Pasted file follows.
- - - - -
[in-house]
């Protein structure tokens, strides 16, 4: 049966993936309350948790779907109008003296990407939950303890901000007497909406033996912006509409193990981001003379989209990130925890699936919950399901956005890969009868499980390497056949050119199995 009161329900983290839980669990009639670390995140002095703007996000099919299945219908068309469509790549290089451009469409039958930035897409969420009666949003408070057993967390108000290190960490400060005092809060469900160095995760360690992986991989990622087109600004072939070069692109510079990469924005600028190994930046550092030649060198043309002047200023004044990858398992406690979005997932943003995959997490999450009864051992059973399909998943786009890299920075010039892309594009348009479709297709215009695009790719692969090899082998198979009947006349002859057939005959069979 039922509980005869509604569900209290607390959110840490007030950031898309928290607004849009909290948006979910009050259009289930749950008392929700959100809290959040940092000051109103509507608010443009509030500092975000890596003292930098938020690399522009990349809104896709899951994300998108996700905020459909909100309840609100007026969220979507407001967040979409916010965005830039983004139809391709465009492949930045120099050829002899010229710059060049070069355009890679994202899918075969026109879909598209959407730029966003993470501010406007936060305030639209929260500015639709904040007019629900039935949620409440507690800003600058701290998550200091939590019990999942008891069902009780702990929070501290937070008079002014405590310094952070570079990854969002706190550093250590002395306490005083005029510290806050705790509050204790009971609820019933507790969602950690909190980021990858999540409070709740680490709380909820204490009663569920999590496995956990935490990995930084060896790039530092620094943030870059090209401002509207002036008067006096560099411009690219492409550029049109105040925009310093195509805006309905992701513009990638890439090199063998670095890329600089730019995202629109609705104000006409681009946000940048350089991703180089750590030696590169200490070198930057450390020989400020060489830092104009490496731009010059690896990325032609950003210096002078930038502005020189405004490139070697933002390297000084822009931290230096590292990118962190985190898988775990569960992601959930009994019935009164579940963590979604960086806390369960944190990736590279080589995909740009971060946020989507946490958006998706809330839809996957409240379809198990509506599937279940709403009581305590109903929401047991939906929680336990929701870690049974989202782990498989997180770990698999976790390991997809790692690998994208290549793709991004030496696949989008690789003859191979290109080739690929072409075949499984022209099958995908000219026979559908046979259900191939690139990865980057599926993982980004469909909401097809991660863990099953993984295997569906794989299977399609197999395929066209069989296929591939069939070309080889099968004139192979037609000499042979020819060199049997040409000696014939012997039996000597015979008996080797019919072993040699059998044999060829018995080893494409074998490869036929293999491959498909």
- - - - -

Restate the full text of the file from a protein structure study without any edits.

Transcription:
[in-house]
């Protein structure tokens, strides 16, 4: 049966993936309350948790779907109008003296990407939950303890901000007497909406033996912006509409193990981001003379989209990130925890699936919950399901956005890969009868499980390497056949050119199995 009161329900983290839980669990009639670390995140002095703007996000099919299945219908068309469509790549290089451009469409039958930035897409969420009666949003408070057993967390108000290190960490400060005092809060469900160095995760360690992986991989990622087109600004072939070069692109510079990469924005600028190994930046550092030649060198043309002047200023004044990858398992406690979005997932943003995959997490999450009864051992059973399909998943786009890299920075010039892309594009348009479709297709215009695009790719692969090899082998198979009947006349002859057939005959069979 039922509980005869509604569900209290607390959110840490007030950031898309928290607004849009909290948006979910009050259009289930749950008392929700959100809290959040940092000051109103509507608010443009509030500092975000890596003292930098938020690399522009990349809104896709899951994300998108996700905020459909909100309840609100007026969220979507407001967040979409916010965005830039983004139809391709465009492949930045120099050829002899010229710059060049070069355009890679994202899918075969026109879909598209959407730029966003993470501010406007936060305030639209929260500015639709904040007019629900039935949620409440507690800003600058701290998550200091939590019990999942008891069902009780702990929070501290937070008079002014405590310094952070570079990854969002706190550093250590002395306490005083005029510290806050705790509050204790009971609820019933507790969602950690909190980021990858999540409070709740680490709380909820204490009663569920999590496995956990935490990995930084060896790039530092620094943030870059090209401002509207002036008067006096560099411009690219492409550029049109105040925009310093195509805006309905992701513009990638890439090199063998670095890329600089730019995202629109609705104000006409681009946000940048350089991703180089750590030696590169200490070198930057450390020989400020060489830092104009490496731009010059690896990325032609950003210096002078930038502005020189405004490139070697933002390297000084822009931290230096590292990118962190985190898988775990569960992601959930009994019935009164579940963590979604960086806390369960944190990736590279080589995909740009971060946020989507946490958006998706809330839809996957409240379809198990509506599937279940709403009581305590109903929401047991939906929680336990929701870690049974989202782990498989997180770990698999976790390991997809790692690998994208290549793709991004030496696949989008690789003859191979290109080739690929072409075949499984022209099958995908000219026979559908046979259900191939690139990865980057599926993982980004469909909401097809991660863990099953993984295997569906794989299977399609197999395929066209069989296929591939069939070309080889099968004139192979037609000499042979020819060199049997040409000696014939012997039996000597015979008996080797019919072993040699059998044999060829018995080893494409074998490869036929293999491959498909």